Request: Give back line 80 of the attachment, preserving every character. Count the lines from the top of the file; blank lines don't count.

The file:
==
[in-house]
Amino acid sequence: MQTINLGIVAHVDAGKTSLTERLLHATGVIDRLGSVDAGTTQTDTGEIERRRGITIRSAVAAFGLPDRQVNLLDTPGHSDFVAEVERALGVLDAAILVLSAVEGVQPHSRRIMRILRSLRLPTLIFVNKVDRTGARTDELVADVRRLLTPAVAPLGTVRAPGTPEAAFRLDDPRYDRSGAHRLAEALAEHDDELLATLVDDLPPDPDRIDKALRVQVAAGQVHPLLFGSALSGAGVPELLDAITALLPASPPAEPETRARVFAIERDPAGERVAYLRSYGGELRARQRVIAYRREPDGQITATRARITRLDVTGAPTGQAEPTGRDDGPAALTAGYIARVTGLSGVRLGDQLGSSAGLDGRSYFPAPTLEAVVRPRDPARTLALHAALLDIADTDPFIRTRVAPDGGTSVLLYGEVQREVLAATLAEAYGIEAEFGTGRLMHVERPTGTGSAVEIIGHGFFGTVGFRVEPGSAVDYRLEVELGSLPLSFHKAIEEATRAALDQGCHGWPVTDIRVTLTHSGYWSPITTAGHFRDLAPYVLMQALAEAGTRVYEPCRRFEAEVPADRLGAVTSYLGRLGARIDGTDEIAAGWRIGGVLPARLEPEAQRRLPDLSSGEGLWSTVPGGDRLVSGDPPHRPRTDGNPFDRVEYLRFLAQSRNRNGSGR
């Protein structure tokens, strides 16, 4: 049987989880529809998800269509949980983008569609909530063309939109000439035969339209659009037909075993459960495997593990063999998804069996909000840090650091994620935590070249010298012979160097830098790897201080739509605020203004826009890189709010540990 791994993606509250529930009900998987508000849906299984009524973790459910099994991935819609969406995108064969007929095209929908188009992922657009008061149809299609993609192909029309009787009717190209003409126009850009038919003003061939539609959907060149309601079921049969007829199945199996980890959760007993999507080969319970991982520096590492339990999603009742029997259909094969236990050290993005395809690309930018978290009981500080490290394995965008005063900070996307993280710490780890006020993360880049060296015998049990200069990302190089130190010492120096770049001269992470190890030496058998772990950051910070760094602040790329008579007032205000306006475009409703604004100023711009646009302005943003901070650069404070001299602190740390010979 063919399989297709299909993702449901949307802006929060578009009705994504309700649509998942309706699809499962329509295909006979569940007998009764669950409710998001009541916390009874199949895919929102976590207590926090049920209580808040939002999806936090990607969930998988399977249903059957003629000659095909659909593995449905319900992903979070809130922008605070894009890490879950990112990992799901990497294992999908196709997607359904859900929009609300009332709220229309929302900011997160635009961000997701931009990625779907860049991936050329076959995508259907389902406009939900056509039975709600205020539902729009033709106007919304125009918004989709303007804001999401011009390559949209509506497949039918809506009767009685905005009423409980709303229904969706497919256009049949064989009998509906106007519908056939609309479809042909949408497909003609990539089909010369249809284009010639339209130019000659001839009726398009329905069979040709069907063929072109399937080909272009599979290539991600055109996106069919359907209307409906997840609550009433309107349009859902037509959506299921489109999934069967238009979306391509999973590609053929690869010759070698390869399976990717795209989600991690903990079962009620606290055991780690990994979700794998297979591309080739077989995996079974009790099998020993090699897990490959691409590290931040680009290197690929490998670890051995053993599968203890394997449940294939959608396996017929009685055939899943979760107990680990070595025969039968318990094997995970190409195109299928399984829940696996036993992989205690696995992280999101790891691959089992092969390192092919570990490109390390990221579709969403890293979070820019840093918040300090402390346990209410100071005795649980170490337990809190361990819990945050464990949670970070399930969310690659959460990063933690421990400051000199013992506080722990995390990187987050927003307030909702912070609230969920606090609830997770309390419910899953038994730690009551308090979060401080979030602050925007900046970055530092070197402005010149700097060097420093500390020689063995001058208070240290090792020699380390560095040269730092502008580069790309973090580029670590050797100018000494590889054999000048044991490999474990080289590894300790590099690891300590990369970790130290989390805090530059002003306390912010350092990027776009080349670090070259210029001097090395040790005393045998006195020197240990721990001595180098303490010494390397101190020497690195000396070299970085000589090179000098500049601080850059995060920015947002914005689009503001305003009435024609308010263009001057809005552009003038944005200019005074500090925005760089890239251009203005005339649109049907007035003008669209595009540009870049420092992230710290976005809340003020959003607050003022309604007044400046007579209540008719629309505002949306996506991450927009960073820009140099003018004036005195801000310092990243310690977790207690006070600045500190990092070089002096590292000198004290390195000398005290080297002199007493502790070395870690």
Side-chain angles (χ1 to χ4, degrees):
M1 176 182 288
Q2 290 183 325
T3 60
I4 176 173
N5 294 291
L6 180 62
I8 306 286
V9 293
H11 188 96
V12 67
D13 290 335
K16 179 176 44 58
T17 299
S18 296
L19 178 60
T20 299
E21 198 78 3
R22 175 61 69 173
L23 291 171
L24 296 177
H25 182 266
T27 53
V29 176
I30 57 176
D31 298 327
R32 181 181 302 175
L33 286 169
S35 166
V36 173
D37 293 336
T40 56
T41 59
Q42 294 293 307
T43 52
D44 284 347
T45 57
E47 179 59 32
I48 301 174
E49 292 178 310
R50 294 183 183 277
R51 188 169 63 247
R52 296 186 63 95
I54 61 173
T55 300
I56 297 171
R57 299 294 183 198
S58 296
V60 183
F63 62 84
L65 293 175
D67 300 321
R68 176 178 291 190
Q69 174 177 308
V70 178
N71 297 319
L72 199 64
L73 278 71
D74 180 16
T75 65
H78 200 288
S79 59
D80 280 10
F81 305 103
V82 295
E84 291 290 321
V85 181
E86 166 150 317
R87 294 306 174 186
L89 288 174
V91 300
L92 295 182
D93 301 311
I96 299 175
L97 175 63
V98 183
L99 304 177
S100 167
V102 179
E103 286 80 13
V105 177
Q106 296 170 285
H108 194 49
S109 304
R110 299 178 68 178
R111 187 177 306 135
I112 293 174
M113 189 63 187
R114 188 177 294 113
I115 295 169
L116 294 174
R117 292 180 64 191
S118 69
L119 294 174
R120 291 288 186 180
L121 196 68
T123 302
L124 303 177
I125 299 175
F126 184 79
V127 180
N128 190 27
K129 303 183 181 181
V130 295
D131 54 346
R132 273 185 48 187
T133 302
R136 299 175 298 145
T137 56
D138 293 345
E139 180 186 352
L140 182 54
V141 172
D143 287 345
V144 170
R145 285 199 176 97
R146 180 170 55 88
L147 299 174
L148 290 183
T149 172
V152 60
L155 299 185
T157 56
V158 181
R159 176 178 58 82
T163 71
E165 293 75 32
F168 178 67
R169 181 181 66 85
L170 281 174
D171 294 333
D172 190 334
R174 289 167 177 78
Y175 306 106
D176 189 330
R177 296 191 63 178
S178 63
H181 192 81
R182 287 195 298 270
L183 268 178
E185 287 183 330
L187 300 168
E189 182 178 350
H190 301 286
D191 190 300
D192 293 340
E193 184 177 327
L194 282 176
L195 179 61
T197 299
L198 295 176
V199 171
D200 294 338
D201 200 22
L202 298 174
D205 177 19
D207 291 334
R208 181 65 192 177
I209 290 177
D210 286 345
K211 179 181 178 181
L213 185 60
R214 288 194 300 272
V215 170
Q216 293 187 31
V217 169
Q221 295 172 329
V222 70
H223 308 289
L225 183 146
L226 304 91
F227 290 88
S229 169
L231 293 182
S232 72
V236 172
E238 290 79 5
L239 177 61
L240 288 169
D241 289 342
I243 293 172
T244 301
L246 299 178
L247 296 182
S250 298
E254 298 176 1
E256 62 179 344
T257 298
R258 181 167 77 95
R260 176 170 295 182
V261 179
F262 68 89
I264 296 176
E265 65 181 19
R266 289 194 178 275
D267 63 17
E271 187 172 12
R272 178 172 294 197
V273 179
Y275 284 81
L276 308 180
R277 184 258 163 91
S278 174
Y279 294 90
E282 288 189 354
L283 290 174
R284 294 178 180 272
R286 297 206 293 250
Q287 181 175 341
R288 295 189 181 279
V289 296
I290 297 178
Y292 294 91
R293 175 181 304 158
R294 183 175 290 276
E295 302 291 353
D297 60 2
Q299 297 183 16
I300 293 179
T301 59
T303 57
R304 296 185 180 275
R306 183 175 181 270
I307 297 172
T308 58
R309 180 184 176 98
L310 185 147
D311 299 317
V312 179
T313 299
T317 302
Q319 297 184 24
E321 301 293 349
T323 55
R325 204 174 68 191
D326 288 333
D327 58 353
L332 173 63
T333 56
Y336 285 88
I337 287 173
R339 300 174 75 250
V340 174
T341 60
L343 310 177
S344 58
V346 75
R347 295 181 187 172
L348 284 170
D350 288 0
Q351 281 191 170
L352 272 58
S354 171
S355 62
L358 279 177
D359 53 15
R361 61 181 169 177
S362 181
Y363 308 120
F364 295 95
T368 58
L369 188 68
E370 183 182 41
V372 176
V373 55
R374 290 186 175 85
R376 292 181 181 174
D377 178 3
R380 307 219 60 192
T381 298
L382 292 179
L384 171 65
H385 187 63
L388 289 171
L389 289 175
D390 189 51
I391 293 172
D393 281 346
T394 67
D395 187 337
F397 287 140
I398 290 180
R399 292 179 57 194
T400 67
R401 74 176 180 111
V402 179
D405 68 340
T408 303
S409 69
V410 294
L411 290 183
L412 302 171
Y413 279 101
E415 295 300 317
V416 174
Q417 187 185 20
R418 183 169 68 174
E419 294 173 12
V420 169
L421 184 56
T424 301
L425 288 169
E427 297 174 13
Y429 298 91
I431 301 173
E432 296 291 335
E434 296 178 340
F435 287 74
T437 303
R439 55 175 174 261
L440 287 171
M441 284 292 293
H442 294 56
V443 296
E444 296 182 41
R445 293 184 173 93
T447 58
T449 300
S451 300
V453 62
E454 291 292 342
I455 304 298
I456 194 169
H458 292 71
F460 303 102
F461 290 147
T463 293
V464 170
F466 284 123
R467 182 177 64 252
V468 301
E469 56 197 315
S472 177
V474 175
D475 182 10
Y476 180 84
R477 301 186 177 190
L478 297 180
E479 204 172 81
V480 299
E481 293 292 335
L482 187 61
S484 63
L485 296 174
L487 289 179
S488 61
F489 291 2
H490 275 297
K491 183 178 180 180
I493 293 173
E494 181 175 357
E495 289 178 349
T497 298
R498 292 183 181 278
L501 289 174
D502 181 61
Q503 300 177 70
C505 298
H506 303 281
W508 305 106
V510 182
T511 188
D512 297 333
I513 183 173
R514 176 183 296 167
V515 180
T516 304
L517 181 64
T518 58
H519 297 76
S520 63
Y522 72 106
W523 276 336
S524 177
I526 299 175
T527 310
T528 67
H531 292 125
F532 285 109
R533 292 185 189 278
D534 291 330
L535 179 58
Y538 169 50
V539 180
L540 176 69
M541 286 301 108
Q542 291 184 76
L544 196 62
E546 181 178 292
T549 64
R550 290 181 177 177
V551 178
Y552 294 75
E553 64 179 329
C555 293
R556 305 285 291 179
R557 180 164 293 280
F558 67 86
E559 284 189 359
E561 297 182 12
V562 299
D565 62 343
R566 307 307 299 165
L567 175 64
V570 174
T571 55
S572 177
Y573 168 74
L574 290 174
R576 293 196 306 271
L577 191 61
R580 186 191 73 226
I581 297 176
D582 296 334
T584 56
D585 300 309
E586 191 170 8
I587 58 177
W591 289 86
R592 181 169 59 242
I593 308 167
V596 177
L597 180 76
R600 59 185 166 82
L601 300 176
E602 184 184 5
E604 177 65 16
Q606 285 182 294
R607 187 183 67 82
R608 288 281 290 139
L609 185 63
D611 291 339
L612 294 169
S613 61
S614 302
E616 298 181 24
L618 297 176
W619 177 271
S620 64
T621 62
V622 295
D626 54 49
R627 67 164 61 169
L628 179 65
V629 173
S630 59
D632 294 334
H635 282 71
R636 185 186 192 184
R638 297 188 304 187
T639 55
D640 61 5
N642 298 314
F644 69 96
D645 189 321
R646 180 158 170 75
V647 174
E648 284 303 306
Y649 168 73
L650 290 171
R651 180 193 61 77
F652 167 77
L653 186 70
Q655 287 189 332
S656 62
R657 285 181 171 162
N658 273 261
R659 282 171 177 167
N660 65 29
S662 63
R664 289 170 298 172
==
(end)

L99 304 177